Conflict, irony brought Borland to the Army
A 32-year government career that started after a wildcat strike at a Philadelphia meatpacking plant ended when Army deputy chief information officer Dave Borland retired Jan. 3.
Borland, an avid golfer who is known for his good humor, now intends to do information technology consulting. "I can help clients figure out if they have products the Army can use," Borland said.
He first honed his IT skills as an Air Force supply sergeant in Missouri ordering parts for Minuteman II missiles, which helped him earn a bachelor's degree in business administration from Central Missouri State University.
A graveyard-shift foreman's job at a Rocky-esque meatpacking facility brought Borland east, to the City of Brotherly Love. But when he enforced a rule that women wear hairnets, the unionized women walked off the job, sparking a citywide alert.
"They were some of the toughest, meanest women I ever met," Borland remarked. That afternoon he quit.
He had previously taken a civil service exam and that night he received a procurement job offer at the Army's Communications-Electronics Command office in Philadelphia, asking him to start three days later.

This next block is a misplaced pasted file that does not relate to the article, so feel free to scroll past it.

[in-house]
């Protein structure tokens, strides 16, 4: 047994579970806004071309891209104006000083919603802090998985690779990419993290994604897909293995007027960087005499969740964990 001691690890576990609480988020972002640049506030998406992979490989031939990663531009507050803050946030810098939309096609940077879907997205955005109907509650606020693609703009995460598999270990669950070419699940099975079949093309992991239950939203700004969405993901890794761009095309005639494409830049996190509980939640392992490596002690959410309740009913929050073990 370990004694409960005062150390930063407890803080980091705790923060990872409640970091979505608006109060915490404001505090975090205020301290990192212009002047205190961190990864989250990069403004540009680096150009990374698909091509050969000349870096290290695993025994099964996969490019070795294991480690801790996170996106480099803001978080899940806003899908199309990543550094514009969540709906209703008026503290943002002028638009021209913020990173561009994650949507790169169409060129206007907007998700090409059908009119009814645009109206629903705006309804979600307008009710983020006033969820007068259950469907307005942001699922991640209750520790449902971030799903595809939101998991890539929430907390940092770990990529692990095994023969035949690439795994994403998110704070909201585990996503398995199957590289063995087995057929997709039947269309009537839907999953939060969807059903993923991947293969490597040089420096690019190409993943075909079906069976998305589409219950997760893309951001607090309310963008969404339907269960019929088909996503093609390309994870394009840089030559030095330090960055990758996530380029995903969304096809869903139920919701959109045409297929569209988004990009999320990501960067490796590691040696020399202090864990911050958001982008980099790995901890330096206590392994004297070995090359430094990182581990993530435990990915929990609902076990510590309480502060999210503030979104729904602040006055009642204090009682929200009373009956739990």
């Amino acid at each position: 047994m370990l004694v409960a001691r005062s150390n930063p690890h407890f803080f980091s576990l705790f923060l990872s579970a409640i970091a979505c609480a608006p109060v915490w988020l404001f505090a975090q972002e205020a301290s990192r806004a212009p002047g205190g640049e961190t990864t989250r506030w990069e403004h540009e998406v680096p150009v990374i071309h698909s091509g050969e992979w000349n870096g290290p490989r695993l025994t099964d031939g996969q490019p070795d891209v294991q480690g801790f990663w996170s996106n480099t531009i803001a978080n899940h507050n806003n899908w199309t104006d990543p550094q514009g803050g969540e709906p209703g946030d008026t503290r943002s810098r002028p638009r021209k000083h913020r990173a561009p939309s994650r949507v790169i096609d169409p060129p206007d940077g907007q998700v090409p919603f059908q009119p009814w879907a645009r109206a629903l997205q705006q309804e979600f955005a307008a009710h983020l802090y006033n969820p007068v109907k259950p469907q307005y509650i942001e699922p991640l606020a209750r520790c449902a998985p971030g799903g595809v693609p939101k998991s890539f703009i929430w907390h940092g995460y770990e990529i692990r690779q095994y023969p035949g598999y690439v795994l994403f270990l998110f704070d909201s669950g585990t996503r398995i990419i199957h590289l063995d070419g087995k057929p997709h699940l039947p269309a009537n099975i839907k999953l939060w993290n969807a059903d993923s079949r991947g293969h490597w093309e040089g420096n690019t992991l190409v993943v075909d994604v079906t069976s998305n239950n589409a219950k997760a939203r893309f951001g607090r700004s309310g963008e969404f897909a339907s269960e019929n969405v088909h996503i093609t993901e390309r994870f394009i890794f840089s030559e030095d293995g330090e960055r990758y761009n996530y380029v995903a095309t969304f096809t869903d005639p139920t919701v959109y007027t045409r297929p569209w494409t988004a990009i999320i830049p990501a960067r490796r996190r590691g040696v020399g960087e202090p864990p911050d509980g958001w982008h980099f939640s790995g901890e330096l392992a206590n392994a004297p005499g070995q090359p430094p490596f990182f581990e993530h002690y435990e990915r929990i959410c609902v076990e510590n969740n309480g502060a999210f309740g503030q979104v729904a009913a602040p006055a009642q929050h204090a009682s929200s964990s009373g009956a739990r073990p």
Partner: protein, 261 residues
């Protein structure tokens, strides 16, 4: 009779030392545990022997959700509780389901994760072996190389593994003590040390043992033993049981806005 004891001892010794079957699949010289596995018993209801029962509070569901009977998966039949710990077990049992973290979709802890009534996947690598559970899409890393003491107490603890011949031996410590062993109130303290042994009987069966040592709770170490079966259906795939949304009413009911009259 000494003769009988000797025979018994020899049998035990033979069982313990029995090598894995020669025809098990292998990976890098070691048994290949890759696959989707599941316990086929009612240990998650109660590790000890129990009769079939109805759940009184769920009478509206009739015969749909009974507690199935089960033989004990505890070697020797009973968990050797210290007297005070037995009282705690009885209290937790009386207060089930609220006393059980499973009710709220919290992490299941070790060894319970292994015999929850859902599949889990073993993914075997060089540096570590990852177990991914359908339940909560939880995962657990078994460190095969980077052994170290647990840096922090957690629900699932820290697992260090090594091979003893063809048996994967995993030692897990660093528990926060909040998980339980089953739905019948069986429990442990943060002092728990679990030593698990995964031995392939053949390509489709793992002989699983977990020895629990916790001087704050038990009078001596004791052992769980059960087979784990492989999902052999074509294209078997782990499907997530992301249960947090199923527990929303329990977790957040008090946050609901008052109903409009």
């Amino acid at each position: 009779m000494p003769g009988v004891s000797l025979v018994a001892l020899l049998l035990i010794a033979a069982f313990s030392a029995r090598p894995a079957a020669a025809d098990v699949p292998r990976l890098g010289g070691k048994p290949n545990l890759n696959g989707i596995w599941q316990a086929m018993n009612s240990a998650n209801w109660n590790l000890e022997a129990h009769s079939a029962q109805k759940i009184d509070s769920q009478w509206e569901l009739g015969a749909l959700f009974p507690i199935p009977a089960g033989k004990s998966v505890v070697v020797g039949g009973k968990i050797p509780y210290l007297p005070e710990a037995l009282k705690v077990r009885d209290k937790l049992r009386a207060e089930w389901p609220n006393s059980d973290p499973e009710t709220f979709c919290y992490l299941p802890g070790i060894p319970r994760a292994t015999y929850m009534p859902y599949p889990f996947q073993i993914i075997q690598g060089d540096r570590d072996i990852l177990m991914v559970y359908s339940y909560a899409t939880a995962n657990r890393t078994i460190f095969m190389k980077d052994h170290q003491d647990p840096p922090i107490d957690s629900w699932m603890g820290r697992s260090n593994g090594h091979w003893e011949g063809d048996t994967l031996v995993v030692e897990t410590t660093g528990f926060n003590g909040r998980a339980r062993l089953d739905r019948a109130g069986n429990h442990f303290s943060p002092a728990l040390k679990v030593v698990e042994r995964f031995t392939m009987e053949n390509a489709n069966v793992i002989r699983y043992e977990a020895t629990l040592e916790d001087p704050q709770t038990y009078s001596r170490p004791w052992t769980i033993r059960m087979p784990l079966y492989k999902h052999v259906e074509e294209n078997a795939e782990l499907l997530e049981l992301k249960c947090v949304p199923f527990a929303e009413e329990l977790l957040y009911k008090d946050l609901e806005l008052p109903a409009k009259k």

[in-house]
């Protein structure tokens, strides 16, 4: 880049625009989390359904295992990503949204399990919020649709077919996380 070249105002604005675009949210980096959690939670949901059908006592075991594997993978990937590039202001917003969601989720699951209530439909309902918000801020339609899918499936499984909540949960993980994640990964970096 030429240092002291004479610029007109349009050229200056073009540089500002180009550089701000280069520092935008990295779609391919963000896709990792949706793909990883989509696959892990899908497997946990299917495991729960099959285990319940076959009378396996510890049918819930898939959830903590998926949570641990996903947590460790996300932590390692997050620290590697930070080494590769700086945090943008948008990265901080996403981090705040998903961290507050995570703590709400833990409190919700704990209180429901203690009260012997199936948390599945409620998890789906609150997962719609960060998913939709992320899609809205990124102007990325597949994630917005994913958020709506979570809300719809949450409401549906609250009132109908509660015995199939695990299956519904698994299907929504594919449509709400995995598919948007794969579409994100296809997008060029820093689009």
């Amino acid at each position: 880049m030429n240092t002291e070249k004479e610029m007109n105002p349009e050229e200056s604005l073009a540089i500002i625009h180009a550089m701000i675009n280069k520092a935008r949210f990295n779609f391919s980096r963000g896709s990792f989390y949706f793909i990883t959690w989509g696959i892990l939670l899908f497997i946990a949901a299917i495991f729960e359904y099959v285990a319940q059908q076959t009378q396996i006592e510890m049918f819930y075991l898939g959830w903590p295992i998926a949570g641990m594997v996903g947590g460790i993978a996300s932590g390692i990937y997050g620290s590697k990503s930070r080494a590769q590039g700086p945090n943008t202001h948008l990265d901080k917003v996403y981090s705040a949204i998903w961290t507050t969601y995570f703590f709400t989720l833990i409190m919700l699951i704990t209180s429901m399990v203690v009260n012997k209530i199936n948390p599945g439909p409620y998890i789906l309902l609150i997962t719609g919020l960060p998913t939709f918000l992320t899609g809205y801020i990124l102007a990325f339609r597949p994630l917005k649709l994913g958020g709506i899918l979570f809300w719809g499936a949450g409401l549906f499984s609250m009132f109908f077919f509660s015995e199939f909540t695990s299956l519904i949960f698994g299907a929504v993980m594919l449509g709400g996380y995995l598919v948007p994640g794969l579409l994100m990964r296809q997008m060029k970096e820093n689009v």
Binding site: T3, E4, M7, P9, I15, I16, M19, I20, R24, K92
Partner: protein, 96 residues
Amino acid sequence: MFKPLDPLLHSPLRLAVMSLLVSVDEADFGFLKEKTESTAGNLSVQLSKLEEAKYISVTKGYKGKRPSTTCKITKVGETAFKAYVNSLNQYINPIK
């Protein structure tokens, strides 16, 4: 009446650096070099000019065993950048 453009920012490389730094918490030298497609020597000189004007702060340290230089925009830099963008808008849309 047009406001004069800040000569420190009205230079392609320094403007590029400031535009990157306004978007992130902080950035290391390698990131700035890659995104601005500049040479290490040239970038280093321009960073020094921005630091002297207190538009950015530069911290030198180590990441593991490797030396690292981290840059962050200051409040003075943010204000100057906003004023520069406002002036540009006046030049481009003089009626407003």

When he arrived for his first day, Borland asked why CECOM hired him so quickly. Command officials said they had selected 10 guys but only nine had showed, creating an opening for Borland. "I got there by accident," he joked.
Borland spent years buying parts for Army battlefield computers and testing machine. He eventually climbed the ranks to the Army's Directorate of Information Systems for Command, Control, Communications and Computers as vice director later in 1996, and became Army deputy CIO in 1996.
He marveled how IT has progressed, helping transform the Army into a lighter, rapid-deployable force. In March, he watched at the Pentagon as soldiers, depicted as blue icons on large computer screens, moved from Baghdad International Airport to seize control of downtown Baghdad.
"It was actually surreal. I'm watching this icon, merely a depiction of flesh and steel — these kids," Borland said. "This is war in real time. And IT is a fundamental enabler."
"Dave's been doing for the past 20 years what we're trying to get government IT people to do now," said Bob Guerra, a partner in the consulting firm Guerra, Kiviat, Flyzik and Associates Inc.
"He brought that Philadelphia personality to D.C. He listens to people."
NEXT STORY: Eye on IT programs